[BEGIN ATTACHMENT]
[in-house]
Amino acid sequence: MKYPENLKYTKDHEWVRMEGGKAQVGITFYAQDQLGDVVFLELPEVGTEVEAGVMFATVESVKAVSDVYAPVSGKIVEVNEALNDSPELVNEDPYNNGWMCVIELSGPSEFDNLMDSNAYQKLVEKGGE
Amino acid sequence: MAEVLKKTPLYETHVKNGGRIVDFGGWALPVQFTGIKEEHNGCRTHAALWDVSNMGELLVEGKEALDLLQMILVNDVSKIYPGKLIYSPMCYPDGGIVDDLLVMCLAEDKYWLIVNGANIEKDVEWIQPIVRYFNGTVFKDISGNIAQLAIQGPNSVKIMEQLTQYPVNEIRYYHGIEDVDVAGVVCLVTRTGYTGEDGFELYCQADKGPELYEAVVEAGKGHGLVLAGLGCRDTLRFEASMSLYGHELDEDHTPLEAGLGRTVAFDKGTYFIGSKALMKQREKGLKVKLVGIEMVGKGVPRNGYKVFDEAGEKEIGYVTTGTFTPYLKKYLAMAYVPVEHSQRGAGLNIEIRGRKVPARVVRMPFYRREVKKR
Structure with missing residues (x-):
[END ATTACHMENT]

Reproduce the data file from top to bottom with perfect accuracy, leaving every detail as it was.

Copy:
[in-house]
Amino acid sequence: MKYPENLKYTKDHEWVRMEGGKAQVGITFYAQDQLGDVVFLELPEVGTEVEAGVMFATVESVKAVSDVYAPVSGKIVEVNEALNDSPELVNEDPYNNGWMCVIELSGPSEFDNLMDSNAYQKLVEKGGE
Amino acid sequence: MAEVLKKTPLYETHVKNGGRIVDFGGWALPVQFTGIKEEHNGCRTHAALWDVSNMGELLVEGKEALDLLQMILVNDVSKIYPGKLIYSPMCYPDGGIVDDLLVMCLAEDKYWLIVNGANIEKDVEWIQPIVRYFNGTVFKDISGNIAQLAIQGPNSVKIMEQLTQYPVNEIRYYHGIEDVDVAGVVCLVTRTGYTGEDGFELYCQADKGPELYEAVVEAGKGHGLVLAGLGCRDTLRFEASMSLYGHELDEDHTPLEAGLGRTVAFDKGTYFIGSKALMKQREKGLKVKLVGIEMVGKGVPRNGYKVFDEAGEKEIGYVTTGTFTPYLKKYLAMAYVPVEHSQRGAGLNIEIRGRKVPARVVRMPFYRREVKKR
Structure with missing residues (x-):